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Interviews

Jeff Ballard: Paid Dues

By Published: October 11, 2013
JB: Talking about trying to get out of style. If you are thinking in style, it's kind of a box. You have to play a certain way, a certain pattern. To me that's kind of superficial, it's a label of the style is what's first looked at. Rather than look at what's the nature of all these musical elements inside of this thing you're calling a style, what are those elements and how do they relate to each other? How do they behave towards each other? For example, I was using a rhythm from Argentina, it's called a Chacarera, and it's in 3. Basically, we talked about tonal order, so you have low tones and high tones—break it down to the [simplest] aspects. And in Chacarera you have beat one, beat two, and beat three. On beat one you have a high, dry sound, and on beat two you have a low, muted sound, and on beat three you have an open low tone. The open low tone is the most resolving sound, tone. That's its characteristic. So if it's muted and it's low, it's kind of the same resolution, but it's a little less than if it's open. And a dry tone or a high tone is not a resolving tone in comparison to the low tone, so we're only dealing with two tones and their characteristics. Then you also have the characteristics of each beat, and it ¾ the strongest beat is one. The next least is beat two, and the lesser strength beat is beat three. It's going home.

So if you look at Chacarera, it's kind of reverse character roles for the tones and their placement in space. So beat one has a high dry tone, beat two has a muted low tone and beat three has the "sit." So you're sitting, tonally, on beat three, but the space is asking to go to one. One comes and you answer it with a dry tone, which doesn't sit so well like a low tone. So you have these inverted characters in activity relating to each other, pushing and pulling with a kind of gravitational pull. I think of it like that, so you've got gravitational pulls or characteristics with tone and where they are in the bar, in the space. So basically, if you look at a reggae tune, or a samba tune, or a James Brown tune, there's tonal order to these tunes. By tonal order, specifically right now, I'm referring to the tones of the drums—how they're sitting. So for funk, basically you have the bass drum on one, beat two you have the snare drum, beat three could be one or somewhere around there, beat four can be backbeat as well on the snare drum. So those characters and those spaces kind of line up evenly. And in the world of reggae, it's kind of upside down. So instead of saying, "I'm going to play funk," I'm going to say "I'm playing this kind of rhythm that has this tonal order, has this kind of characteristic, this way of dancing." And the same with reggae—I'm not going to play reggae 'cause it's got this pattern to it; I'm going to play this groove that's got this tonal order, and it dances this way. For me, that was a door out of a dilemma, a kind of modern-day dilemma. I feel when we have so many kinds of musics that's available—again, like technique, all of this is available to us now. So it's a dilemma because there's too much and we don't have enough time to really do it justice, living it and understanding it very very well. So I think the first thing to try to get very close to the nature of what it is, is by analyzing [and] taking it apart. In this sense you see tension and release in the groove sense. And that's a big step towards capturing the nature of a tune or of a style without calling it a style and leaving it at that—you really get into the music then, and start playing the music, and "Ooh wow! I see where this comes from!" because of the way the weight is, the gravity is playing in the groove.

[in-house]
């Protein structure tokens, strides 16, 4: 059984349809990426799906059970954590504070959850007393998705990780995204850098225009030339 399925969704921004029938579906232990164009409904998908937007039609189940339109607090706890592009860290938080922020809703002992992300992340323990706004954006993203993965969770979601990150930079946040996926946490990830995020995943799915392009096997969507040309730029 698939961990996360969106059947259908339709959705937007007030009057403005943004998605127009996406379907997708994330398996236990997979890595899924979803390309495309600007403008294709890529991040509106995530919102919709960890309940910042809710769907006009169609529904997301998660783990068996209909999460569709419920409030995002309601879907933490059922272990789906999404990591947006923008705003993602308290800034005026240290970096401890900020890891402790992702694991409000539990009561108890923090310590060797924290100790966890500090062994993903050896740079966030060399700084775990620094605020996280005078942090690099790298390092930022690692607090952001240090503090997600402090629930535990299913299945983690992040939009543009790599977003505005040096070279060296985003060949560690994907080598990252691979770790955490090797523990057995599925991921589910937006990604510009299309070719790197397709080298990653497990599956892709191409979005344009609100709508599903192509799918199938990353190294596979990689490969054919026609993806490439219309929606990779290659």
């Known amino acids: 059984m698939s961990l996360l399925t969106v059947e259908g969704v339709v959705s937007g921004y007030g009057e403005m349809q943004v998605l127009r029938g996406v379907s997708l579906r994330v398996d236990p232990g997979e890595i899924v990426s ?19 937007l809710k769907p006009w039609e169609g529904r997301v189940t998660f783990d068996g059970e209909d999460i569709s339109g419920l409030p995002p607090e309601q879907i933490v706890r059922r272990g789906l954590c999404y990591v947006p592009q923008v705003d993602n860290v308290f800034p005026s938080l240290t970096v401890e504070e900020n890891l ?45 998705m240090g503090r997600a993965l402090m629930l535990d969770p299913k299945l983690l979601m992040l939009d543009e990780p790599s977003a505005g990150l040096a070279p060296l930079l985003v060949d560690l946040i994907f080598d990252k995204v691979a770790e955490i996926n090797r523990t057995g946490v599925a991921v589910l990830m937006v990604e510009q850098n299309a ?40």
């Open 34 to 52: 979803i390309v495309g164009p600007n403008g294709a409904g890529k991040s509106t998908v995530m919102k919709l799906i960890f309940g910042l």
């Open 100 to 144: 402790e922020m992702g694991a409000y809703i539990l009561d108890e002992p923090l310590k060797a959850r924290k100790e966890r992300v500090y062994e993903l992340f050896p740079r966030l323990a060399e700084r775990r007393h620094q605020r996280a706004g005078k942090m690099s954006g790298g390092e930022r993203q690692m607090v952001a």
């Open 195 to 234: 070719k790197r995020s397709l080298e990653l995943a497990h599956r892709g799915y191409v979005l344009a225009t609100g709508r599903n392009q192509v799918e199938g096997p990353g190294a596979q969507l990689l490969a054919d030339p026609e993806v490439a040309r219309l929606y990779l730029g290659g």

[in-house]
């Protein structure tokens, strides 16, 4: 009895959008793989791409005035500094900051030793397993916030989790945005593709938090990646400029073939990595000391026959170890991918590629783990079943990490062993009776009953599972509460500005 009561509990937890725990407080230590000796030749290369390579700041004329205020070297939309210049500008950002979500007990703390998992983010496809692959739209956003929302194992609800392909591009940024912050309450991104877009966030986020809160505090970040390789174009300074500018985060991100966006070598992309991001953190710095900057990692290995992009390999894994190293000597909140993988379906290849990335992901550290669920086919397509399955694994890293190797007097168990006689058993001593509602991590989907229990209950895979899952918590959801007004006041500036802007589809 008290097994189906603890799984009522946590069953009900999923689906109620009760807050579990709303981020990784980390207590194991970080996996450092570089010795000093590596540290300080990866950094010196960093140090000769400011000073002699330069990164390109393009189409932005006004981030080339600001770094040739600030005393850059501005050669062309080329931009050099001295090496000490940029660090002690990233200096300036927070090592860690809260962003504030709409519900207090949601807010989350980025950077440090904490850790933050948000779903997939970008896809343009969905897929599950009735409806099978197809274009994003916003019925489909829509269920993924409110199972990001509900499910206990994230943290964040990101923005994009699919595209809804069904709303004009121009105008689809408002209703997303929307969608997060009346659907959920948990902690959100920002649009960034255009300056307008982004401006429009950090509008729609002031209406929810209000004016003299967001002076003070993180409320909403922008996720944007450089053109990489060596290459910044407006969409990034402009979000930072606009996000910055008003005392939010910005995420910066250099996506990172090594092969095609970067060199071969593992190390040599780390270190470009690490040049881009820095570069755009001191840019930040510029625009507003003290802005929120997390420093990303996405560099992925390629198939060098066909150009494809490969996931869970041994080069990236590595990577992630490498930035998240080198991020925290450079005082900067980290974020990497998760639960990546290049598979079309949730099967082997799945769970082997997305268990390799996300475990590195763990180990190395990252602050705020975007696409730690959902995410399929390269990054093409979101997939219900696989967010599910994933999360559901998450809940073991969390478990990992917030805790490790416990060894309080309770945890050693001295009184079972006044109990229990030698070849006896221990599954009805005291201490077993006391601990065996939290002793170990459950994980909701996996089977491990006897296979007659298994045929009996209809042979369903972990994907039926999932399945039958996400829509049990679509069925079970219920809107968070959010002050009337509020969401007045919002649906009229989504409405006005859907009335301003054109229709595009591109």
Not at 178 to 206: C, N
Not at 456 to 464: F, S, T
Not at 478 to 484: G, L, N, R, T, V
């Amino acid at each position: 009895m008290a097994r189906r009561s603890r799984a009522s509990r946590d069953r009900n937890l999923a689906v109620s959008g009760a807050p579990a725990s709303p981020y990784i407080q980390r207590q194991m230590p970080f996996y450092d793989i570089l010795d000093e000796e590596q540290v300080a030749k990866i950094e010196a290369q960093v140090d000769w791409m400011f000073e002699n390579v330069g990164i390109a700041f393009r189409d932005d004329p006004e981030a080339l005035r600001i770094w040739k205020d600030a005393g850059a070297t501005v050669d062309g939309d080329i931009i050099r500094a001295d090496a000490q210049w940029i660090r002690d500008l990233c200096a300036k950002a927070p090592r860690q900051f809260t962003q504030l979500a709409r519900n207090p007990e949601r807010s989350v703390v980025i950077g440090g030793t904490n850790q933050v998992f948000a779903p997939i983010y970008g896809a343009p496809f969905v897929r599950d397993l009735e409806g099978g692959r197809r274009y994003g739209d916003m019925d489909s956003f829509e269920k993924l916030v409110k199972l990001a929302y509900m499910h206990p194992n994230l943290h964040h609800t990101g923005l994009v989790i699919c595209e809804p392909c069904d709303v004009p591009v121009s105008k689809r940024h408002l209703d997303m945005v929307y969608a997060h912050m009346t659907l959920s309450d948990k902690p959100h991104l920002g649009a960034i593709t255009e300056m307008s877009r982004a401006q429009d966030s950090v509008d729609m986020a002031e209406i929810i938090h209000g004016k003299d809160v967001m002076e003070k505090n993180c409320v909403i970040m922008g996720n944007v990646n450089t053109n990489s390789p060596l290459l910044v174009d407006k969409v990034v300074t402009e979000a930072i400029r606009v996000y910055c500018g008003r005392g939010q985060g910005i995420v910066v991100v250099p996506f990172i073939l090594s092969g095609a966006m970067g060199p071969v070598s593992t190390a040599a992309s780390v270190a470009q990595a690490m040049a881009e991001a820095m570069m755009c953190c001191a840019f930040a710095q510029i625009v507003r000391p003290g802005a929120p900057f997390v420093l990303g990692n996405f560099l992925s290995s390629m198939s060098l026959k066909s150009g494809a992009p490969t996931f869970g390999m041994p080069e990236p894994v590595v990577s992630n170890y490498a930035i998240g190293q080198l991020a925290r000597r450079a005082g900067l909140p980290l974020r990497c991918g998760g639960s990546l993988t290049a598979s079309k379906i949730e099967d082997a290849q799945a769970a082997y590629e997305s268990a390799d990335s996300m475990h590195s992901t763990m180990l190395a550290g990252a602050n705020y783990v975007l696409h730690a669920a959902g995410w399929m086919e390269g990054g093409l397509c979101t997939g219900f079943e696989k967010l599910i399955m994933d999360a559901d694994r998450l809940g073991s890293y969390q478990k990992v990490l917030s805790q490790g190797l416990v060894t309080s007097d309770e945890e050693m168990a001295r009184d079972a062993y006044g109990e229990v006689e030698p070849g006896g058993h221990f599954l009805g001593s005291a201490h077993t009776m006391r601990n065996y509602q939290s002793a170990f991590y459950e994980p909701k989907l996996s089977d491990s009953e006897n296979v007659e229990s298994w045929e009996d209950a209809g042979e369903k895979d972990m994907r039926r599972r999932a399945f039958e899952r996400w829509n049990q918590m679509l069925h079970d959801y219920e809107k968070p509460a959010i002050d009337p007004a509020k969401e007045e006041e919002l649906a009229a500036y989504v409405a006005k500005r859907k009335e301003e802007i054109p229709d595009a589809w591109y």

GC: But do you feel like that's the way to make anything your own, to say "These are the guidelines, but this isn't the script"?

JB: Yes, I think so. It was my open door out of. As long as you keep the integrity of the location of these tonalities, you're keeping the integrity of the groove in a sense. A rhumba sits a certain way with the bassist, he sits on [beat] four often. The weight isn't sitting on one. If someone walked into a room and they didn't really know that rhythm, the way that thing dances, they might think it's one. It's a funny thing. Or like in Chacarera—ONE two three, ONE two three. If someone walked in they might hear "oom oom BOP, oom oom BOP" or "oom OOM bop, oom OOM bop." Depends.

GC: That rhythm reminds me of the Tanguios, I think it's called.

JB: It's another [rhythm] in flamenco.

GC: Yeah.

JB: Yeah, I mean, it's in three. There's a lot of this rhythm. It's two over three. There's another rhythm in Colombia. (claps two, sings three on syllable "boom")

GC: Would you say that comes from Africa?

JB: I would say it's an African thing, yeah. Two over three.

GC: Have you traveled any place to study world rhythms?


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